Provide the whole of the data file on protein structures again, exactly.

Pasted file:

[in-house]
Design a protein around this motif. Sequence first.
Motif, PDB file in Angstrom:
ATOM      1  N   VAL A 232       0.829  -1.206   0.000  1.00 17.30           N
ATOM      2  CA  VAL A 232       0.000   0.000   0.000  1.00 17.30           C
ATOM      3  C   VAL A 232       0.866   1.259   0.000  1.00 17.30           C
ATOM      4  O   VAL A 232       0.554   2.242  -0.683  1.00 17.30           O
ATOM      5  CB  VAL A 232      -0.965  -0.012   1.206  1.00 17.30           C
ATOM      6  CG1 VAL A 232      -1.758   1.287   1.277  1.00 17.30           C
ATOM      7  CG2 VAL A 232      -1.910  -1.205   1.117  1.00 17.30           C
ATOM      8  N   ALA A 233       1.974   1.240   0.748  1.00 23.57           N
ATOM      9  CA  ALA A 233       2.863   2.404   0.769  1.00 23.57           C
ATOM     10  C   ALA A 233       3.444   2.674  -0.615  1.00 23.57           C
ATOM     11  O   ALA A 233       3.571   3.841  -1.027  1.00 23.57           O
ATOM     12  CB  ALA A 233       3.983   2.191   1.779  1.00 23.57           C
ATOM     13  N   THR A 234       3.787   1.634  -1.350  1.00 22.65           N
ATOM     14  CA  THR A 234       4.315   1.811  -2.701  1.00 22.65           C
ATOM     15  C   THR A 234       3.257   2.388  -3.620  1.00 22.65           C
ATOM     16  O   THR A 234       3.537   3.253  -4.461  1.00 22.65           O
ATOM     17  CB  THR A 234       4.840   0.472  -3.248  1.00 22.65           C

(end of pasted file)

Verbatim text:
[in-house]
Design a protein around this motif. Sequence first.
Motif, PDB file in Angstrom:
ATOM      1  N   VAL A 232       0.829  -1.206   0.000  1.00 17.30           N
ATOM      2  CA  VAL A 232       0.000   0.000   0.000  1.00 17.30           C
ATOM      3  C   VAL A 232       0.866   1.259   0.000  1.00 17.30           C
ATOM      4  O   VAL A 232       0.554   2.242  -0.683  1.00 17.30           O
ATOM      5  CB  VAL A 232      -0.965  -0.012   1.206  1.00 17.30           C
ATOM      6  CG1 VAL A 232      -1.758   1.287   1.277  1.00 17.30           C
ATOM      7  CG2 VAL A 232      -1.910  -1.205   1.117  1.00 17.30           C
ATOM      8  N   ALA A 233       1.974   1.240   0.748  1.00 23.57           N
ATOM      9  CA  ALA A 233       2.863   2.404   0.769  1.00 23.57           C
ATOM     10  C   ALA A 233       3.444   2.674  -0.615  1.00 23.57           C
ATOM     11  O   ALA A 233       3.571   3.841  -1.027  1.00 23.57           O
ATOM     12  CB  ALA A 233       3.983   2.191   1.779  1.00 23.57           C
ATOM     13  N   THR A 234       3.787   1.634  -1.350  1.00 22.65           N
ATOM     14  CA  THR A 234       4.315   1.811  -2.701  1.00 22.65           C
ATOM     15  C   THR A 234       3.257   2.388  -3.620  1.00 22.65           C
ATOM     16  O   THR A 234       3.537   3.253  -4.461  1.00 22.65           O
ATOM     17  CB  THR A 234       4.840   0.472  -3.248  1.00 22.65           C